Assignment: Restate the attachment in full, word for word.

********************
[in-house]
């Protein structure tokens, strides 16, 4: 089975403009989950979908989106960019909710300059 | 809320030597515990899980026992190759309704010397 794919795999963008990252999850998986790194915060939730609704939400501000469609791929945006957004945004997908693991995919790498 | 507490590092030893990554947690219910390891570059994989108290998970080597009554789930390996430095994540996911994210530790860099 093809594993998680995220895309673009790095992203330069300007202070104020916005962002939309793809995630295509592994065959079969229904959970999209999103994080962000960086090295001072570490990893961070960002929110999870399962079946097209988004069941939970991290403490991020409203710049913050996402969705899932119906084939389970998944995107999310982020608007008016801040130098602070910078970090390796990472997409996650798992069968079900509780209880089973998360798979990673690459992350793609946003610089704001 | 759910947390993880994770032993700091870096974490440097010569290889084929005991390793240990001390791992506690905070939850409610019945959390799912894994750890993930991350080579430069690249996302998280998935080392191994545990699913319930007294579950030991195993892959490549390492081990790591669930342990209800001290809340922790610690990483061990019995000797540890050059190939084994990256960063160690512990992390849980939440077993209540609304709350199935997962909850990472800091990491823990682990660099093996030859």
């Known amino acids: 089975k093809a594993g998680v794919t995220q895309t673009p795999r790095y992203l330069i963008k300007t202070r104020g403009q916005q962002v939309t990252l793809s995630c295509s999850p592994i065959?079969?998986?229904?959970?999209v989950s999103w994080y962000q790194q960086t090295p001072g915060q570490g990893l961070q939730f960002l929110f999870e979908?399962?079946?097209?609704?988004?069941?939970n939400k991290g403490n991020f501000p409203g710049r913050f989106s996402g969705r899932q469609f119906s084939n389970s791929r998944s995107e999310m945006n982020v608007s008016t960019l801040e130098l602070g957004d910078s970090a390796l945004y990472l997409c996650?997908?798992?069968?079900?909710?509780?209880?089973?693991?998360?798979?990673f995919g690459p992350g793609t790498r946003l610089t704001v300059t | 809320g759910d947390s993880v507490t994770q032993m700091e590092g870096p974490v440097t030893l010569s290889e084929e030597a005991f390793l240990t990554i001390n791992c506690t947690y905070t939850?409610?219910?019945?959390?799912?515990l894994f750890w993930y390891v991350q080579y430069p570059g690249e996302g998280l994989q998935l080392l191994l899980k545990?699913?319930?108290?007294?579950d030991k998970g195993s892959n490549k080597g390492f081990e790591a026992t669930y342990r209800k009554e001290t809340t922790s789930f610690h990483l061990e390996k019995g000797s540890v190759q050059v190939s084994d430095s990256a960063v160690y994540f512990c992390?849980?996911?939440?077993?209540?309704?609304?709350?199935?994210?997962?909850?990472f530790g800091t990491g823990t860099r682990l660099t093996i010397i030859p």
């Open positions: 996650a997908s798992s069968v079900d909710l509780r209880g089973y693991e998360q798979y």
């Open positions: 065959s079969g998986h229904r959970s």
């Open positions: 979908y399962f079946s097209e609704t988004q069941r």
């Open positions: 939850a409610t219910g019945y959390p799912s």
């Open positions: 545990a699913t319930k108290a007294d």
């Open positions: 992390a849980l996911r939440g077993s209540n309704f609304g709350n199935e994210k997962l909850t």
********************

[in-house]
């Protein structure tokens, strides 16, 4: 089975403009989950979908989106960019909710300059 | 809320030597515990899980026992190759309704010397 794919795999963008990252999850998986790194915060939730609704939400501000469609791929945006957004945004997908693991995919790498 | 507490590092030893990554947690219910390891570059994989108290998970080597009554789930390996430095994540996911994210530790860099 093809594993998680995220895309673009790095992203330069300007202070104020916005962002939309793809995630295509592994065959079969229904959970999209999103994080962000960086090295001072570490990893961070960002929110999870399962079946097209988004069941939970991290403490991020409203710049913050996402969705899932119906084939389970998944995107999310982020608007008016801040130098602070910078970090390796990472997409996650798992069968079900509780209880089973998360798979990673690459992350793609946003610089704001 | 759910947390993880994770032993700091870096974490440097010569290889084929005991390793240990001390791992506690905070939850409610019945959390799912894994750890993930991350080579430069690249996302998280998935080392191994545990699913319930007294579950030991195993892959490549390492081990790591669930342990209800001290809340922790610690990483061990019995000797540890050059190939084994990256960063160690512990992390849980939440077993209540609304709350199935997962909850990472800091990491823990682990660099093996030859």
């Known amino acids: 089975k093809a594993g998680v794919t995220q895309t673009p795999r790095y992203l330069i963008k300007t202070r104020g403009q916005q962002v939309t990252l793809s995630c295509s999850p592994i065959?079969?998986?229904?959970?999209v989950s999103w994080y962000q790194q960086t090295p001072g915060q570490g990893l961070q939730f960002l929110f999870e979908?399962?079946?097209?609704?988004?069941?939970n939400k991290g403490n991020f501000p409203g710049r913050f989106s996402g969705r899932q469609f119906s084939n389970s791929r998944s995107e999310m945006n982020v608007s008016t960019l801040e130098l602070g957004d910078s970090a390796l945004y990472l997409c996650?997908?798992?069968?079900?909710?509780?209880?089973?693991?998360?798979?990673f995919g690459p992350g793609t790498r946003l610089t704001v300059t | 809320g759910d947390s993880v507490t994770q032993m700091e590092g870096p974490v440097t030893l010569s290889e084929e030597a005991f390793l240990t990554i001390n791992c506690t947690y905070t939850?409610?219910?019945?959390?799912?515990l894994f750890w993930y390891v991350q080579y430069p570059g690249e996302g998280l994989q998935l080392l191994l899980k545990?699913?319930?108290?007294?579950d030991k998970g195993s892959n490549k080597g390492f081990e790591a026992t669930y342990r209800k009554e001290t809340t922790s789930f610690h990483l061990e390996k019995g000797s540890v190759q050059v190939s084994d430095s990256a960063v160690y994540f512990c992390?849980?996911?939440?077993?209540?309704?609304?709350?199935?994210?997962?909850?990472f530790g800091t990491g823990t860099r682990l660099t093996i010397i030859p």
């Open positions: 996650a997908s798992s069968v079900d909710l509780r209880g089973y693991e998360q798979y």
């Open positions: 065959s079969g998986h229904r959970s």
């Open positions: 979908y399962f079946s097209e609704t988004q069941r």
């Open positions: 939850a409610t219910g019945y959390p799912s």
């Open positions: 545990a699913t319930k108290a007294d």
């Open positions: 992390a849980l996911r939440g077993s209540n309704f609304g709350n199935e994210k997962l909850t």